Shaun Li’s life changed dramatically when he was 10 years old and diagnosed with a Wilms' tumour — a rare kidney cancer that primarily affects children.
LIFE CHANGING EXPERIENCE
He had surgery to have the tumour removed and underwent chemotherapy, which he recovered from well. But the experience had a lasting impact, with scars that still affect him to this day.
He describes the experience as having turned him into a more cautious child.
‘I lost all my hair during chemo. So I used to wear a Toronto raptors cap with my school uniform’, Li says. ‘I avoided contact sports and became quite introverted’.
The experience also made him a lot more serious and aware of his own mortality at a young age.
‘I remember asking a doctor if I had to have surgery. He told me “Yes, because if I didn't I could possibly die.”'
Even today, the fear of death is tangible. ‘When I have any health issues, my first instinct is to assess whether the cancer might be returning. I often have to rationalise myself out of the initial fear response,’ he says.
VALUE OF VOLUNTEERING
Li was made aware of Camp Quality following his cancer diagnosis. ‘It was offered to me as a service when I was a child. However, I was too shy to go on camps back then’, he recalls.
Li eventually went on to study a Bachelor of Biotechnology (Honours) at Flinders University (2004-2007), followed by a Masters of Nutrition & Dietetics also at Flinders University (2010-2012).
He worked in Public Health for eight years, mainly as a Dietician and as a Project Officer for a State based healthy eating program for children.
Li’s parents had taught him the value of volunteering and he was looking for volunteer opportunities while studying at Flinders University.
That’s when he came across a call out for Camp Quality volunteers. ‘I appreciated that the service was available to me when I was a child, and I wanted to give back to the organisation,’ he says.
HOOKED ON CAMPS
He started volunteering for Camp Quality in July 2009, and still volunteers there almost 10 years later. ‘After my first camp I got hooked! There's just an abundance of care, love, happiness and sheer joy in Camp Quality events,’ he proclaims.
It was around that same time that he bought a second hand DLSR camera off of a friend.
The camera stayed in a drawer for a long time until, in 2014, he went on a holiday to Japan and a decided to bring it along. He taught himself to use the camera while travelling on planes, trains and buses.
‘Japan is stunning in Autumn and I became instantly hooked on photography. Photography is the perfect balance between my artistic creativity and my methodical thinking,’ he laughs.
PASSION FOR PHOTOGRAPHY
As with most of what he does in life, Li threw himself into photography. He wanted to be the complete photographer so he learnt studio lighting and did courses at the Centre for Creative Photography in Adelaide.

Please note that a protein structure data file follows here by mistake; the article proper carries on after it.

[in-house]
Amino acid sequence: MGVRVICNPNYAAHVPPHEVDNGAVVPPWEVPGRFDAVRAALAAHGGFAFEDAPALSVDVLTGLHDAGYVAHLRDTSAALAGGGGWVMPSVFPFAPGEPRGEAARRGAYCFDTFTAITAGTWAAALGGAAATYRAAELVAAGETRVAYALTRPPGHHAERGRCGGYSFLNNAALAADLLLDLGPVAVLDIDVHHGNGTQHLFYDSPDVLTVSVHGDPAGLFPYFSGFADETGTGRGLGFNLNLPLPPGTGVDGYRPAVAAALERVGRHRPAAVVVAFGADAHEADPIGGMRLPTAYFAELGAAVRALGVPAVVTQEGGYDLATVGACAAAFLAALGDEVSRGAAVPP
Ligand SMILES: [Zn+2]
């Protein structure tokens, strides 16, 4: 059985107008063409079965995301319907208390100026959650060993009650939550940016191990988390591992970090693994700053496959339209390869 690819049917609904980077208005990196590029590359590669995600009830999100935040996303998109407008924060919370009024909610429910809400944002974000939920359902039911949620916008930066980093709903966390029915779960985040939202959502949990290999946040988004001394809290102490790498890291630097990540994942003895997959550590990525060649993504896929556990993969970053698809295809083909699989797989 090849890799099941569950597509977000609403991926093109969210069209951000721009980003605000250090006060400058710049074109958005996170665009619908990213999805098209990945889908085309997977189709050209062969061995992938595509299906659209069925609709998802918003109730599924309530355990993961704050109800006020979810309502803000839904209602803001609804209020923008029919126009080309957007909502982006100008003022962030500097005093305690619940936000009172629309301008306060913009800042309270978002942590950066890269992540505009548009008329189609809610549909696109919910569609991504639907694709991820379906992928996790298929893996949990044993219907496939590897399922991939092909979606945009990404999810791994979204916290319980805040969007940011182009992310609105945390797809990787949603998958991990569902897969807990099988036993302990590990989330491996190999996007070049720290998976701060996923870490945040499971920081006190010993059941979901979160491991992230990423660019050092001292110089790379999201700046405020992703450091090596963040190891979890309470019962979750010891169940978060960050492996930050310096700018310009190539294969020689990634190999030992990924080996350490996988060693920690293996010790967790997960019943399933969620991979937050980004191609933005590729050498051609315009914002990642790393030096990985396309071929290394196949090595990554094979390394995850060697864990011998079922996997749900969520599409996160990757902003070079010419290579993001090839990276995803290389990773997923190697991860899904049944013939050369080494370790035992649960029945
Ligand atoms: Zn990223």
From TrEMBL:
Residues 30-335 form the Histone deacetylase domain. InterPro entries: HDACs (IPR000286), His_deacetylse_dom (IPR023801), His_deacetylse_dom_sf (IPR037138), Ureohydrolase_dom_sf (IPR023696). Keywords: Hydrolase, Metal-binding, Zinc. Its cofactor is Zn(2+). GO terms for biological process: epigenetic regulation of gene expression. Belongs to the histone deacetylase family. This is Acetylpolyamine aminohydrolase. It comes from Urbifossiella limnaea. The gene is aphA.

Li soon discovered that he not only liked photography but was also fascinated with the elements of building a business, including developing systems and processes, marketing, client acquisition and scaling.
He started his own photography business called Capture the Present in 2016.
While he was volunteering with Camp Quality in a companion role, Li pitched the idea of taking photos of Camp Quality events so that he could combine his two great passions.
These days, he primarily volunteers as a photographer to take photos for the organisation.
PRIDE IN GIVING BACK
Li is immensely proud of the work he does for Camp Quality, but Camp Quality has given him so much back. ‘It's given me lots of perspective outside my own experience of cancer,’ he says.
In particular, Li became more aware of the mental toll and stress childhood cancer takes on parents and siblings.
He uses the metaphor of holding a glass of water to illustrate his point. ‘You might be able to hold a glass of water for five minutes,’ he says.
‘But if you do it for a week your arm will fall off. It's just like trying to hold the mental stress of dealing with cancer — sooner or later you're going to need a break and to alleviate the stress. That's where Camp Quality comes in.’
JOY IN TOUGH TIMES
Camp Quality has also taught Li the importance of laughter and living joyfully in challenging times. ‘The kids at Camp Quality help me to forget about my troubles and truly live in the moment,’ he says.
He is true to his motto - Commit to a cause that you believe in and it will make life so much greater!
Shaun Li is the guest speaker at the ANZIIF sponsored Camp Quality charity luncheon.